PV: What are you looking forward to the most when returning to West Point?
KS: “I am most looking forward to seeing my friends and ending our time as cadets together, as much as we can.”

PV: Historically, similar to your last two months, this will be a unique graduation that no class previously has experienced, what is your hope and anticipation for your graduation day?
KS: “I hope that graduation day is as normal as it can be. I just want to have that feeling of singing the Alma Mater for the first time as an alumni and tossing our hats into the air.”

PV: Describe what tossing your hat in the air will mean to you, completing your journey at West Point?
KS: “Tossing my hat into the air will mean that I officially made it. I ‘defied the odds’ and finished my time at the academy. My hard work and the support from my family and friends paid off!”

PV: You were the SCUSA commander this past year … talk about that experience of meeting many different people from different universities and the issues that were talked about that jumped out to you?
KS: “SCUSA was one of the best things I did while at the academy. Being able to plan and organize such a large event not only taught me a lot about the Army’s way of preparing and executing events, but also gave me the opportunity to interact with some amazing people.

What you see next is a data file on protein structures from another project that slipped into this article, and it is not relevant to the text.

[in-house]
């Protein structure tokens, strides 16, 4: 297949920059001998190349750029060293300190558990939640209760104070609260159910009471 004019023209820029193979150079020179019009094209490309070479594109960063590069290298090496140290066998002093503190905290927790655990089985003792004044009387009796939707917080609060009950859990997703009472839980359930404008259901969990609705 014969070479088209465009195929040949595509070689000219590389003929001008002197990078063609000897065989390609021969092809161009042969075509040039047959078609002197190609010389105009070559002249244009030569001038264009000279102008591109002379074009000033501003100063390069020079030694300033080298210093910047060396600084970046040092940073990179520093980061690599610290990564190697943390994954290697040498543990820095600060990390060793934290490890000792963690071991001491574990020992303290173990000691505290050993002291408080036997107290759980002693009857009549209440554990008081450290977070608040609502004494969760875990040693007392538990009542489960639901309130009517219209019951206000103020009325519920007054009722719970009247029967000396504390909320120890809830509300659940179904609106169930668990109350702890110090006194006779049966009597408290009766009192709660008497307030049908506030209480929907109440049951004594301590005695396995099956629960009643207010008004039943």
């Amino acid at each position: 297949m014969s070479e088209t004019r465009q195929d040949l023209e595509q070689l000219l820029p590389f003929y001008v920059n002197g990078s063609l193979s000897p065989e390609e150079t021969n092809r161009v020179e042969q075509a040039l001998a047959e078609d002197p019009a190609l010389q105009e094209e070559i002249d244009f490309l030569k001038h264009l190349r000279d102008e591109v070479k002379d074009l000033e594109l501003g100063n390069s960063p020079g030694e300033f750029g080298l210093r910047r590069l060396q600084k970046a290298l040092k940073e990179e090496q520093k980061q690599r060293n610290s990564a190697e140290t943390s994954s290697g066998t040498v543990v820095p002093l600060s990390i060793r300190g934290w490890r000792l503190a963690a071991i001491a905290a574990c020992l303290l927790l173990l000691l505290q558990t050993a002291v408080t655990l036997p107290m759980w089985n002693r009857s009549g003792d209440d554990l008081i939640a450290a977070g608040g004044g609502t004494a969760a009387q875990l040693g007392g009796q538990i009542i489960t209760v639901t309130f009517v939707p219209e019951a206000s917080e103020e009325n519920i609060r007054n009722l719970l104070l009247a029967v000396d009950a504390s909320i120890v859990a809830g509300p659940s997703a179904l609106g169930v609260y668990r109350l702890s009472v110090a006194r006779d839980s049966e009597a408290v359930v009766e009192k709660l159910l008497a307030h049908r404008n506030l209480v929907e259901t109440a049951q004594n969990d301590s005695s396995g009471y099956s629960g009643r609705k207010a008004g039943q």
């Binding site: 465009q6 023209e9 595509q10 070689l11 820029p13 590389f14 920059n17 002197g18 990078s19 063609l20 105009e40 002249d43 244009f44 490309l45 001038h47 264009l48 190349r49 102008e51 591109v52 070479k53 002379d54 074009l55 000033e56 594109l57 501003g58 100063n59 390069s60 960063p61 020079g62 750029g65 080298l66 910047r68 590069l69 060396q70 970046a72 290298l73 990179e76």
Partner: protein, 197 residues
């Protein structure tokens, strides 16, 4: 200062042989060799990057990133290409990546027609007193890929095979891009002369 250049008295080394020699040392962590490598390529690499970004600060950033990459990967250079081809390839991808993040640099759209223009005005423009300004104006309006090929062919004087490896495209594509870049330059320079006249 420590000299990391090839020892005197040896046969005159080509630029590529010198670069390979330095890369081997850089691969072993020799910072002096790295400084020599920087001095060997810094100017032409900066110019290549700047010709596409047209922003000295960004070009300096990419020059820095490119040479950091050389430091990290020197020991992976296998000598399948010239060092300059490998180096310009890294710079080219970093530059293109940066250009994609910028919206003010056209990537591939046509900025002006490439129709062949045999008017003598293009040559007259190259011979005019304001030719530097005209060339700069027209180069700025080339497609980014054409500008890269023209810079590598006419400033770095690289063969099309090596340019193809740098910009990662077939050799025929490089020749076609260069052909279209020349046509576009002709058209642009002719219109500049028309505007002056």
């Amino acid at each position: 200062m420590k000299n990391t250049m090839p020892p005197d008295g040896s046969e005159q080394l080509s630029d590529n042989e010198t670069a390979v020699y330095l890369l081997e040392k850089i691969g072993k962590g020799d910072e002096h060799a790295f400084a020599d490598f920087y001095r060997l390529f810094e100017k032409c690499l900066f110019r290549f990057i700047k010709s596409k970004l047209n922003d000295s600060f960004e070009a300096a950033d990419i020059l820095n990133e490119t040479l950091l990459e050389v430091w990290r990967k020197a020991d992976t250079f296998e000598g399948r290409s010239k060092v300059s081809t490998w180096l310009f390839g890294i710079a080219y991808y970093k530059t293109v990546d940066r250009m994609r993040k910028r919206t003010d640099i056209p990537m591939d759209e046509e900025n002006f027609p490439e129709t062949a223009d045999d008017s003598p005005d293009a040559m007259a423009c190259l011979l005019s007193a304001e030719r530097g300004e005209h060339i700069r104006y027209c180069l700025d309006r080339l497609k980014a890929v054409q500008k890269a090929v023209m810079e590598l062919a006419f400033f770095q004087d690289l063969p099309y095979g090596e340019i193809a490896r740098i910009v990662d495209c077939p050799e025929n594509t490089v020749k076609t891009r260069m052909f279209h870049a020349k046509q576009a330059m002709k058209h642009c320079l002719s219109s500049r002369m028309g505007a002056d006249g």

“The student delegates from civilian universities, the over 30 international delegates from 19 different countries, the senior delegates who are practitioners and professionals in their fields, and the amazing panelists and keynote speakers provided me the opportunity to hear many different perspectives about U.S. foreign policy.
“Also, to most civilian delegates we are their first interaction with the Armed Forces and to be able to provide them with an inside look that most people don’t get to cadet life was an amazing opportunity.”

PV: You were a corps squad athlete with the swimming and diving team, talk about your experience? Best dive/meet you had at Army?
KS: “My experience on the swim and dive team was tough. After not being able to compete my junior year and thinking I would never compete again, to end my senior year as a member of the Patriot League Championship team I couldn’t have had a better group of people who supported me no matter what.
“I owe everything to my AWSD teammates, my diving teammates, my athletic trainers Sam and Gillian, my strength coaches Joe, Grubb and Kourtney, and my coaches PJ and Chris. I would never have gotten on a diving board again if it hadn’t been for the encouragement and belief in me. I can’t thank them enough.
“The best meet I had at Army was my senior meet. Not because I dove great, because I don’t recall that I did particularly well, but because of what it represented.
“I worked my way back to a spot on the team and to compete again for the Army Women’s Swimming and Diving Team.”